Promoting his energy plan, President Bush recognizes the challenges facing pork and poultry producers from the rapid rise in ethanol production. The National Pork Producers Council praised the president’s perception of pork producers’ plight.

Talking to workers at a DuPont plant in Delaware, the president noted that ethanol produced today comes from corn, and there are pork and poultry producers that need corn to feed their animals. He acknowledged that it will be a strain on the capacity for the U.S. to have enough ethanol to become less dependent on oil.”

“We very much appreciate the president’s sensitivity to our industry’s issues with ethanol,” says NPPC president Joy Philippi, a pork producer from Bruning, Neb., “and we look forward to working with the president and his secretaries of agriculture and energy on his energy proposals and on mitigating their impact on the pork industry.”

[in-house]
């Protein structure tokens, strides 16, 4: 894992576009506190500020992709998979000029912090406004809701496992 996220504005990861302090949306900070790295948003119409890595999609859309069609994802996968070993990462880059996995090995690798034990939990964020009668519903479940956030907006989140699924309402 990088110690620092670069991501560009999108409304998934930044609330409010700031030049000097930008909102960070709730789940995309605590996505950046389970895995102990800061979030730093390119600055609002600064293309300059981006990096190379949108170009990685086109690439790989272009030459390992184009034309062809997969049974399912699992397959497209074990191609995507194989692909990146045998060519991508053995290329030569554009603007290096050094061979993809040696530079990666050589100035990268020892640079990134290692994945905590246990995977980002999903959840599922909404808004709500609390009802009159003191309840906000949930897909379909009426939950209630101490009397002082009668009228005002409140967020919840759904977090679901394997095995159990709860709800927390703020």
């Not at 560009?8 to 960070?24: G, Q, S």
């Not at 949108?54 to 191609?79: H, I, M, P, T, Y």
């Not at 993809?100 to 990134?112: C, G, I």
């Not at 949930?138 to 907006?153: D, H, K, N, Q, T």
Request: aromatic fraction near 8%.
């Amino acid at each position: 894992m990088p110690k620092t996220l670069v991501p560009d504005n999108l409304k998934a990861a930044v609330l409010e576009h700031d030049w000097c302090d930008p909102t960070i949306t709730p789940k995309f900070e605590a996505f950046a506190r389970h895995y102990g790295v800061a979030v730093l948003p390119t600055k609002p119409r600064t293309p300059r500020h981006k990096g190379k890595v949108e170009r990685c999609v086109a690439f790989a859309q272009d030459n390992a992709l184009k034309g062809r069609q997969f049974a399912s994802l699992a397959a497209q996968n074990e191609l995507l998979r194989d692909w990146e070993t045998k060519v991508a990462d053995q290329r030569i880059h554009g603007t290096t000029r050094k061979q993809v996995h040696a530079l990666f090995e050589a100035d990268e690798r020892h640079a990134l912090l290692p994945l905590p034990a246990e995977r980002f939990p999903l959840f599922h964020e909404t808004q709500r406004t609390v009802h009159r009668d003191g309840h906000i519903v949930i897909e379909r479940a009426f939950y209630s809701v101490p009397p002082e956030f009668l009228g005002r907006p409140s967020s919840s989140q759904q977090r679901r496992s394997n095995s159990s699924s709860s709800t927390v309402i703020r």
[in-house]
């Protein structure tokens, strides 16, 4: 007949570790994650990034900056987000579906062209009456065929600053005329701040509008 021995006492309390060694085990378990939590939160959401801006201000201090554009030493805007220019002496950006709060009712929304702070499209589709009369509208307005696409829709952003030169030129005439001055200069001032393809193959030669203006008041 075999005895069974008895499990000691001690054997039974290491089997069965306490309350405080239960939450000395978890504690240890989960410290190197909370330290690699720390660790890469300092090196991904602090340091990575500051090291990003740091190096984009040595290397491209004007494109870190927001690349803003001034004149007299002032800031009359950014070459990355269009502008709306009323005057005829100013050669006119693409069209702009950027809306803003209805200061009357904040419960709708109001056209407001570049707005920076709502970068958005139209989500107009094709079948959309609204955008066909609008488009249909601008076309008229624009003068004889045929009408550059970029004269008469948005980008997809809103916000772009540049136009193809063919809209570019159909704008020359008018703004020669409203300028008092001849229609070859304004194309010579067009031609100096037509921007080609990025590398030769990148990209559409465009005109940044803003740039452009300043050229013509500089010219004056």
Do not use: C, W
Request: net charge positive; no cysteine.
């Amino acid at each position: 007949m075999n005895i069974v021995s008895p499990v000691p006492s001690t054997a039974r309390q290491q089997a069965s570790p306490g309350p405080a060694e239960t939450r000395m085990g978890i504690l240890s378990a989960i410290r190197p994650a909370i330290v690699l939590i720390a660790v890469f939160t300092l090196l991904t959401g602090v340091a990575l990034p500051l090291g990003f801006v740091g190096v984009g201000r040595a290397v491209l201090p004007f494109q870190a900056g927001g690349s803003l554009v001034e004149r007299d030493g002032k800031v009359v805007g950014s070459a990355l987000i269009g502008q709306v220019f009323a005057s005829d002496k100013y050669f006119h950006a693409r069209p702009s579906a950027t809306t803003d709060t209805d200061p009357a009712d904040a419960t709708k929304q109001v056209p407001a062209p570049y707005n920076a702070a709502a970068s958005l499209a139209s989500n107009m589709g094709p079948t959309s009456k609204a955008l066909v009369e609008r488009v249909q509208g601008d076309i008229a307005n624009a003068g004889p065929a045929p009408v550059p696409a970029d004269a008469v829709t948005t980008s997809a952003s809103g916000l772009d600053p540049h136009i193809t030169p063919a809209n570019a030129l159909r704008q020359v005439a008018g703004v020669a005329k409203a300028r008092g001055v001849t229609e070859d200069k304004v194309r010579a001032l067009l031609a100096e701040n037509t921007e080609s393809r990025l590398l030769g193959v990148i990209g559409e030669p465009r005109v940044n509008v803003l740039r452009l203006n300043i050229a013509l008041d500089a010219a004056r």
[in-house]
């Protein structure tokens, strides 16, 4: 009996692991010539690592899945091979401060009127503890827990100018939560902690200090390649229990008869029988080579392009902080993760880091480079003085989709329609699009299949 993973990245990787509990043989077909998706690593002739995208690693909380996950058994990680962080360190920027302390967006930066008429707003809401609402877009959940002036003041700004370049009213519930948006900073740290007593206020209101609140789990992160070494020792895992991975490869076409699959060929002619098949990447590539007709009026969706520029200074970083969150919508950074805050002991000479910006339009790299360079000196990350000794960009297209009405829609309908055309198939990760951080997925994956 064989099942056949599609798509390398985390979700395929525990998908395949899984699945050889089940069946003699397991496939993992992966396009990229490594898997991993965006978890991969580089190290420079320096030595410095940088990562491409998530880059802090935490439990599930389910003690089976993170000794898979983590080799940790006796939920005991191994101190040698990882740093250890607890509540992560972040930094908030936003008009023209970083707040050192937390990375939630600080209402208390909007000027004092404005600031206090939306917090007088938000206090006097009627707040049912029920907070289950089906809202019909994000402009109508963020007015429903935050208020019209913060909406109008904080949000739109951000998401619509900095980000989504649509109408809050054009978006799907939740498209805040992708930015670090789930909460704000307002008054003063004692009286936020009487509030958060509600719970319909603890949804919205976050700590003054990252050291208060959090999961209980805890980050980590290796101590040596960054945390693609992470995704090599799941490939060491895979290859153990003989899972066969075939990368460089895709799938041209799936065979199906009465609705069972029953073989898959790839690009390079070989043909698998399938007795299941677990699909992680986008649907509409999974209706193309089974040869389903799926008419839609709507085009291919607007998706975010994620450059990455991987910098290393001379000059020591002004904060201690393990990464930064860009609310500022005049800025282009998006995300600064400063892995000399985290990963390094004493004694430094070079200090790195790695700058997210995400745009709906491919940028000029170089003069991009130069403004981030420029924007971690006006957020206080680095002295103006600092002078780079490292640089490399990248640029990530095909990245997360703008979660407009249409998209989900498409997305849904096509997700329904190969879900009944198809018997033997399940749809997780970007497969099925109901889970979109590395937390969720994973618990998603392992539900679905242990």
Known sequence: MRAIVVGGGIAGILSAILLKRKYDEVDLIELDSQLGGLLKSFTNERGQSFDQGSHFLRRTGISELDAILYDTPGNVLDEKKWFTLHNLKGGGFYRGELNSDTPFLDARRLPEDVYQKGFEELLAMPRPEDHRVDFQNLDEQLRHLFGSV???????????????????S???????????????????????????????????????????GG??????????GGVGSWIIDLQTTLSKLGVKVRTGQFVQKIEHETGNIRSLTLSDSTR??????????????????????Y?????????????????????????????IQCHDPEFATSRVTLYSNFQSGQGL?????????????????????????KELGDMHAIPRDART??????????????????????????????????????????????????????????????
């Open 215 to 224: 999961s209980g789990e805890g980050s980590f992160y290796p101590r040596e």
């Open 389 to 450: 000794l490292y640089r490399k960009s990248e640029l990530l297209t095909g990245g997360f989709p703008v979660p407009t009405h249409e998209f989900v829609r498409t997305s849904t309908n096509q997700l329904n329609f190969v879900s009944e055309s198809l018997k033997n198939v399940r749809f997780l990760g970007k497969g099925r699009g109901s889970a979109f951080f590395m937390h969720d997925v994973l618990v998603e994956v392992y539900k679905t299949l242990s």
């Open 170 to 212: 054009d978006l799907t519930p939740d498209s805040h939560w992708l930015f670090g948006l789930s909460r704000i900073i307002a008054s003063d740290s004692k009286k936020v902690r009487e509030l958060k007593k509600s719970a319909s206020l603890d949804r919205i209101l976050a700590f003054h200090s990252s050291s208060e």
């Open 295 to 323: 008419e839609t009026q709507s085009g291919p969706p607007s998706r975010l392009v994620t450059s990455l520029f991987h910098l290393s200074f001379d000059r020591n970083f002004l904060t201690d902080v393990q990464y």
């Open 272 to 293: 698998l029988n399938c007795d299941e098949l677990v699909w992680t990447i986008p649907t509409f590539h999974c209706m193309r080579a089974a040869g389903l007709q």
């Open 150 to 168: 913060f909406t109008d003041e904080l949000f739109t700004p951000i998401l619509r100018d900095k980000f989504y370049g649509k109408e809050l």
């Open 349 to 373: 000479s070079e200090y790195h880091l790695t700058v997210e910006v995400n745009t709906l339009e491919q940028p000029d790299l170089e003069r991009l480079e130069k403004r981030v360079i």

In testimony Jan. 10 before the Senate Agriculture Committee, NPPC cited several concerns for pork producers with the boom in ethanol production, including increased feed input costs, diminished corn stocks and issues with using distiller’s grains – an ethanol by-product – in pig diets.

NPPC, which supports the president’s goals of energy security and independence through the development of a vibrant and robust domestic renewable fuels market, also is pleased with the Bush administration for adopting as part of a proposed Alternative Fuels Standard a “safety valve” to protect against unforeseen increases in the prices of alternative fuels or their feedstocks.

In a letter sent recently, NPPC and other livestock groups asked Agriculture Secretary Mike Johanns to establish a working group within USDA to study the emerging biofuels economy and its implications for producers, the livestock sector and consumers.

Source: NPPC, AP